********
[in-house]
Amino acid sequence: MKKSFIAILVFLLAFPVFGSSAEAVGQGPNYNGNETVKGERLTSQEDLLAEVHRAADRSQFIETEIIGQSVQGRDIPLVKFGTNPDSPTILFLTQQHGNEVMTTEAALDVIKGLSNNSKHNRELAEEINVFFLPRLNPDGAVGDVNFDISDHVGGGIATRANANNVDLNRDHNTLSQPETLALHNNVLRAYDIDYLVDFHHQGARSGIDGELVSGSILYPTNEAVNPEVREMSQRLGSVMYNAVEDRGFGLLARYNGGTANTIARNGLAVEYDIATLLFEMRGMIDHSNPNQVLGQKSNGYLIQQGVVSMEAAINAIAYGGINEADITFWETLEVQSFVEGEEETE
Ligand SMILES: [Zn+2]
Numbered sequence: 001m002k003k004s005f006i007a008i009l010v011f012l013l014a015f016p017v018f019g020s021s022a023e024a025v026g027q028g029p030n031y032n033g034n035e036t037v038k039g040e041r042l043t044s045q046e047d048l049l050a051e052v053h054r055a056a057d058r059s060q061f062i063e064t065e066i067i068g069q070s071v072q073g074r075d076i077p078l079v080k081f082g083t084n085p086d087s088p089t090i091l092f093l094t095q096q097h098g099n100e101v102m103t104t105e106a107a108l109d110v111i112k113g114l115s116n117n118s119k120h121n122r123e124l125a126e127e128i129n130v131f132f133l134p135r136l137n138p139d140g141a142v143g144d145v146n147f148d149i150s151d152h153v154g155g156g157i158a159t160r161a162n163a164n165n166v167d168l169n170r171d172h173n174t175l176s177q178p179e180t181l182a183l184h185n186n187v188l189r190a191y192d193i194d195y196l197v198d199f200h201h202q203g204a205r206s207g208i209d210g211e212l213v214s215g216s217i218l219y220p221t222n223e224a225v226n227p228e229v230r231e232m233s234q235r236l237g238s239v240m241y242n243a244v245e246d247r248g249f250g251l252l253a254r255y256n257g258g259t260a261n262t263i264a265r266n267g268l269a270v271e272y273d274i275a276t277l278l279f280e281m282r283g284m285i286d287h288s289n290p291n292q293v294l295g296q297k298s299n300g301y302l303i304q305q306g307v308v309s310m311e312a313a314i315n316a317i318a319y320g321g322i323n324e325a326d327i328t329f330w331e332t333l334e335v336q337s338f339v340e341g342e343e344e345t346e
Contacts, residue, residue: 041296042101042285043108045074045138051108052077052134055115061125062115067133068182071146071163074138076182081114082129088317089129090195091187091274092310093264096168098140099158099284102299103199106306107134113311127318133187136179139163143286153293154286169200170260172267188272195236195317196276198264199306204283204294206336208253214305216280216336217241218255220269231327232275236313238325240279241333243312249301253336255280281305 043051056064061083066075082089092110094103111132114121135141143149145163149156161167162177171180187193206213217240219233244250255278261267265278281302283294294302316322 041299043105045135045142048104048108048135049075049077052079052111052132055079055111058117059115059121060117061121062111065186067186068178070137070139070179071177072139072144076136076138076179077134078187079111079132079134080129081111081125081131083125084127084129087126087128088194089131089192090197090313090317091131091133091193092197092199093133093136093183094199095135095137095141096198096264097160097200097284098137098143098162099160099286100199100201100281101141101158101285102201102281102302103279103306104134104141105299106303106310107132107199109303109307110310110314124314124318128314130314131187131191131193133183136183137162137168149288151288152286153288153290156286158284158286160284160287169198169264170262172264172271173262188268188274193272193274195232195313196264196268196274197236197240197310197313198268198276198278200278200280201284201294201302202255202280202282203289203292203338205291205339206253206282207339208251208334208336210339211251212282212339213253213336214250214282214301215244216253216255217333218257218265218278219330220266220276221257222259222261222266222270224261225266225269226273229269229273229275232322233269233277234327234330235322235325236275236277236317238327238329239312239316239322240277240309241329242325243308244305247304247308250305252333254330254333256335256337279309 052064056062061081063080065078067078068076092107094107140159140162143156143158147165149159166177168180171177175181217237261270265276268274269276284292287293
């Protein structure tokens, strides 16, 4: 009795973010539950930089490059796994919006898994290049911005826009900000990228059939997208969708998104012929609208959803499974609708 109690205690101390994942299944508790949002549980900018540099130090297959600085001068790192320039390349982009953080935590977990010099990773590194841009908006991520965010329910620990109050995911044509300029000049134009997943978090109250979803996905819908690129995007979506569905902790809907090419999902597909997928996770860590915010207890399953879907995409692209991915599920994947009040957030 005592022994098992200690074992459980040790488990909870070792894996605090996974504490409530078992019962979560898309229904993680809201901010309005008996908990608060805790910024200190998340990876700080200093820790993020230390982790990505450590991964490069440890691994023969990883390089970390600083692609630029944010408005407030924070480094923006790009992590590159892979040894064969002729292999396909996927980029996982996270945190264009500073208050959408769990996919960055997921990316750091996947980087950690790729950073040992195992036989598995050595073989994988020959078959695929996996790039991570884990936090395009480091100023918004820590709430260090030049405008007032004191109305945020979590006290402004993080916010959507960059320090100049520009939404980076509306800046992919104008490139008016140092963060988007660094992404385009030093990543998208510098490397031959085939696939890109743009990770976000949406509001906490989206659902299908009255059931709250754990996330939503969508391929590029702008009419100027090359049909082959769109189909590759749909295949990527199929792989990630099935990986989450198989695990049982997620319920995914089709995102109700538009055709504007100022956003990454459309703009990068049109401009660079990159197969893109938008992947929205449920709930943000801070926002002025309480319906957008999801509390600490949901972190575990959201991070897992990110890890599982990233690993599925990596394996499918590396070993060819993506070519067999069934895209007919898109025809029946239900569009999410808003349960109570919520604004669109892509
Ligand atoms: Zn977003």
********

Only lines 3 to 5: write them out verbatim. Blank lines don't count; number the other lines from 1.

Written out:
Ligand SMILES: [Zn+2]
Numbered sequence: 001m002k003k004s005f006i007a008i009l010v011f012l013l014a015f016p017v018f019g020s021s022a023e024a025v026g027q028g029p030n031y032n033g034n035e036t037v038k039g040e041r042l043t044s045q046e047d048l049l050a051e052v053h054r055a056a057d058r059s060q061f062i063e064t065e066i067i068g069q070s071v072q073g074r075d076i077p078l079v080k081f082g083t084n085p086d087s088p089t090i091l092f093l094t095q096q097h098g099n100e101v102m103t104t105e106a107a108l109d110v111i112k113g114l115s116n117n118s119k120h121n122r123e124l125a126e127e128i129n130v131f132f133l134p135r136l137n138p139d140g141a142v143g144d145v146n147f148d149i150s151d152h153v154g155g156g157i158a159t160r161a162n163a164n165n166v167d168l169n170r171d172h173n174t175l176s177q178p179e180t181l182a183l184h185n186n187v188l189r190a191y192d193i194d195y196l197v198d199f200h201h202q203g204a205r206s207g208i209d210g211e212l213v214s215g216s217i218l219y220p221t222n223e224a225v226n227p228e229v230r231e232m233s234q235r236l237g238s239v240m241y242n243a244v245e246d247r248g249f250g251l252l253a254r255y256n257g258g259t260a261n262t263i264a265r266n267g268l269a270v271e272y273d274i275a276t277l278l279f280e281m282r283g284m285i286d287h288s289n290p291n292q293v294l295g296q297k298s299n300g301y302l303i304q305q306g307v308v309s310m311e312a313a314i315n316a317i318a319y320g321g322i323n324e325a326d327i328t329f330w331e332t333l334e335v336q337s338f339v340e341g342e343e344e345t346e
Contacts, residue, residue: 041296042101042285043108045074045138051108052077052134055115061125062115067133068182071146071163074138076182081114082129088317089129090195091187091274092310093264096168098140099158099284102299103199106306107134113311127318133187136179139163143286153293154286169200170260172267188272195236195317196276198264199306204283204294206336208253214305216280216336217241218255220269231327232275236313238325240279241333243312249301253336255280281305 043051056064061083066075082089092110094103111132114121135141143149145163149156161167162177171180187193206213217240219233244250255278261267265278281302283294294302316322 041299043105045135045142048104048108048135049075049077052079052111052132055079055111058117059115059121060117061121062111065186067186068178070137070139070179071177072139072144076136076138076179077134078187079111079132079134080129081111081125081131083125084127084129087126087128088194089131089192090197090313090317091131091133091193092197092199093133093136093183094199095135095137095141096198096264097160097200097284098137098143098162099160099286100199100201100281101141101158101285102201102281102302103279103306104134104141105299106303106310107132107199109303109307110310110314124314124318128314130314131187131191131193133183136183137162137168149288151288152286153288153290156286158284158286160284160287169198169264170262172264172271173262188268188274193272193274195232195313196264196268196274197236197240197310197313198268198276198278200278200280201284201294201302202255202280202282203289203292203338205291205339206253206282207339208251208334208336210339211251212282212339213253213336214250214282214301215244216253216255217333218257218265218278219330220266220276221257222259222261222266222270224261225266225269226273229269229273229275232322233269233277234327234330235322235325236275236277236317238327238329239312239316239322240277240309241329242325243308244305247304247308250305252333254330254333256335256337279309 052064056062061081063080065078067078068076092107094107140159140162143156143158147165149159166177168180171177175181217237261270265276268274269276284292287293